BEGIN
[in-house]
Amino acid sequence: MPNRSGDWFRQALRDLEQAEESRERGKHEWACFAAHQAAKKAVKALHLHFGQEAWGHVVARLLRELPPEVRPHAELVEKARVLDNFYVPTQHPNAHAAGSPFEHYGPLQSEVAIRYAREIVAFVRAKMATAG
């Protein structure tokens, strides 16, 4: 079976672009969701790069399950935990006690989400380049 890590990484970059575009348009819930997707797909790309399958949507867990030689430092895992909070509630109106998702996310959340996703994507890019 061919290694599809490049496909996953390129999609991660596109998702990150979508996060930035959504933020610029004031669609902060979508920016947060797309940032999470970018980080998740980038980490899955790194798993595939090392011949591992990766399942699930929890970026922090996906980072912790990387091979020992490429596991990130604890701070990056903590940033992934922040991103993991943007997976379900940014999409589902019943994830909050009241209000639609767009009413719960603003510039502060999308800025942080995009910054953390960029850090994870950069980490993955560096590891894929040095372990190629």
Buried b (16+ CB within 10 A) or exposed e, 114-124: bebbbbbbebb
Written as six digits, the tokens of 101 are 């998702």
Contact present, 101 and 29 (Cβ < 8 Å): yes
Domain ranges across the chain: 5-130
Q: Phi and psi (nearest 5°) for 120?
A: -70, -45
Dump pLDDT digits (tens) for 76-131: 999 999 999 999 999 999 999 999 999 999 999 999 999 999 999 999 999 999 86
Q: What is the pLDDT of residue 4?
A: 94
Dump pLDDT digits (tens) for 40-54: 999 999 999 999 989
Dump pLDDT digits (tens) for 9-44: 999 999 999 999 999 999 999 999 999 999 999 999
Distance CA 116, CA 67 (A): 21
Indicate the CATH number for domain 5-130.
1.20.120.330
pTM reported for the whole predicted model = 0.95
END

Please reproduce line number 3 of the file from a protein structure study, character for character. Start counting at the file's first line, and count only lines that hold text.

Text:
């Protein structure tokens, strides 16, 4: 079976672009969701790069399950935990006690989400380049 890590990484970059575009348009819930997707797909790309399958949507867990030689430092895992909070509630109106998702996310959340996703994507890019 061919290694599809490049496909996953390129999609991660596109998702990150979508996060930035959504933020610029004031669609902060979508920016947060797309940032999470970018980080998740980038980490899955790194798993595939090392011949591992990766399942699930929890970026922090996906980072912790990387091979020992490429596991990130604890701070990056903590940033992934922040991103993991943007997976379900940014999409589902019943994830909050009241209000639609767009009413719960603003510039502060999308800025942080995009910054953390960029850090994870950069980490993955560096590891894929040095372990190629």